While there is some risk that specific engine platforms won't be particularly profitable if the demand is low, this strategy is about making sure fleet customers have access to a Ford vehicle that meets their needs, versus trying to force products of Ford's choosing on its customers. 

Bigger Foolish picture
BASF and Ford are massive and diverse companies, so it's not clear how much of an impact MOFs could have on their results. However, the potential that MOFs bring to natural gas refueling are pretty amazing and could vastly reduce the challenges with tank size and access to refueling. Indications are that BASF will make MOFs commercially available in 2015. If they're cost-effective, they could make in-home and on-location refueling feasible, fast, and cheap, while also significantly increasing the amount of CNG that can be put into a fuel tank. The three big challenges -- refueling infrastructure, range, and vehicle space constraints -- will all be significantly lessened. 

While not offering significant upside, it's great to see Ford and BASF continuing to focus on innovative technologies that break down barriers. Natural gas is domestic, cheap, and cleaner than oil. It's not a perfect fuel, but it's a step toward more sustainable sources, and it does more good for the domestic economy than imported oil does. To me, that's worth investing in.

3 stocks making the revolution possible
Record oil and natural gas production is revolutionizing the United States' energy position. Finding the right plays while historic amounts of capital expenditures are flooding the industry will pad your investment nest egg. For this reason, the Motley Fool is offering a look at three energy companies using a small IRS "loophole" to help line investor pockets. Learn this strategy, and the energy companies taking advantage, in our special report "The IRS Is Daring You To Make This Energy Investment." Don’t miss out on this timely opportunity; click here to access your report -- it’s absolutely free.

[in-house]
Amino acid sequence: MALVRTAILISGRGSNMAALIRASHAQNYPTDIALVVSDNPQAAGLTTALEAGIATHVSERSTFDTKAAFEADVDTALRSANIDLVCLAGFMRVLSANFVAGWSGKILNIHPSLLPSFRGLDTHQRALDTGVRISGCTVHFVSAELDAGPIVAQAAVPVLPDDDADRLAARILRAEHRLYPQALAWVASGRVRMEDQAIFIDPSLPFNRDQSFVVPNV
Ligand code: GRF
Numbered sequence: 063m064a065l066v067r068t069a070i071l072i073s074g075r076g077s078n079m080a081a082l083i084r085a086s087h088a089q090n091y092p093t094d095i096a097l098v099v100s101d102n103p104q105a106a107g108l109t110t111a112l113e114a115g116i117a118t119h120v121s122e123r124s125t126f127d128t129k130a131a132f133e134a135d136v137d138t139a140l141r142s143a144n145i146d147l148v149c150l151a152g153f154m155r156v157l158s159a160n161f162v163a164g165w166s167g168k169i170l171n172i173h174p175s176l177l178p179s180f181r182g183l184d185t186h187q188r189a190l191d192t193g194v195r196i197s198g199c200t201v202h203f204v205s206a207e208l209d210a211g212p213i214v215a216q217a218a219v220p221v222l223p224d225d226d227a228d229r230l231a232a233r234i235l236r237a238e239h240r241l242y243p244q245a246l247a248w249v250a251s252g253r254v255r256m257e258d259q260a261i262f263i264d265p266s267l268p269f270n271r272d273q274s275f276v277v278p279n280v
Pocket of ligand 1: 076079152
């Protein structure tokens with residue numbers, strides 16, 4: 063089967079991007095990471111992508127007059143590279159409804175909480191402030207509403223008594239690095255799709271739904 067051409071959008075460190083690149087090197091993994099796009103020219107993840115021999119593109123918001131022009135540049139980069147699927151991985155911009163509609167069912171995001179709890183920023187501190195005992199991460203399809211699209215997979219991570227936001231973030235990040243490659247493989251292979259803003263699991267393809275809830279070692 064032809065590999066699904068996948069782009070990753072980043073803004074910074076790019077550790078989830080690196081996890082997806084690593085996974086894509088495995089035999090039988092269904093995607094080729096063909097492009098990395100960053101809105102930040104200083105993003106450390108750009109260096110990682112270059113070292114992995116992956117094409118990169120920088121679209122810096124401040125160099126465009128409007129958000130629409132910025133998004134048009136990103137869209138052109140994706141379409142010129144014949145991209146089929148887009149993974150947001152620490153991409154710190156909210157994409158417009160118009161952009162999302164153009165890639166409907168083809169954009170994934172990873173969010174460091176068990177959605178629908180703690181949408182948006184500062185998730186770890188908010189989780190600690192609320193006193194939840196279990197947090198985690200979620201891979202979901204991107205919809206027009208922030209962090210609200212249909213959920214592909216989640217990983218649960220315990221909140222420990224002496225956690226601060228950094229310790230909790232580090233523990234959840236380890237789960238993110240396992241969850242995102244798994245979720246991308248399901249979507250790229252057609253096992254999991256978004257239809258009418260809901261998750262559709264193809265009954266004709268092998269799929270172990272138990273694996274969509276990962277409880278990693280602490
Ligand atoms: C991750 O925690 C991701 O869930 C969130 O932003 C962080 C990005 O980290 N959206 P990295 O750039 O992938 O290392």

Read/Post Comments (0) | Recommend This Article (3)

Comments from our Foolish Readers

Help us keep this a respectfully Foolish area! This is a place for our readers to discuss, debate, and learn more about the Foolish investing topic you read about above. Help us keep it clean and safe. If you believe a comment is abusive or otherwise violates our Fool's Rules, please report it via the Report this Comment Report this Comment icon found on every comment.

Be the first one to comment on this article.

Sponsored Links

Leaked: Apple's Next Smart Device
(Warning, it may shock you)
The secret is out... experts are predicting 458 million of these types of devices will be sold per year. 1 hyper-growth company stands to rake in maximum profit - and it's NOT Apple. Show me Apple's new smart gizmo!

DocumentId: 2956246, ~/Articles/ArticleHandler.aspx, 9/2/2015 10:55:24 AM

Report This Comment

Use this area to report a comment that you believe is in violation of the community guidelines. Our team will review the entry and take any appropriate action.

Sending report...

Jason Hall

Born and raised in the Deep South of Georgia, Jason now calls Southern California home. A Fool since 2006, he began contributing to in 2012. Trying to invest better? Like learning about companies with great (or really bad) stories? Jason can usually be found there, cutting through the noise and trying to get to the heart of the story.

Today's Market

updated Moments ago Sponsored by:
DOW 16,160.20 101.85 0.63%
S&P 500 1,924.25 10.40 0.54%
NASD 4,666.04 29.93 0.65%

Create My Watchlist

Go to My Watchlist

You don't seem to be following any stocks yet!

Better investing starts with a watchlist. Now you can create a personalized watchlist and get immediate access to the personalized information you need to make successful investing decisions.

Data delayed up to 5 minutes

Related Tickers

9/2/2015 10:34 AM
BASFY $79.23 Up +0.99 +1.27%
BASF AG (ADR) CAPS Rating: *****
F $13.75 Up +0.03 +0.19%
Ford CAPS Rating: ****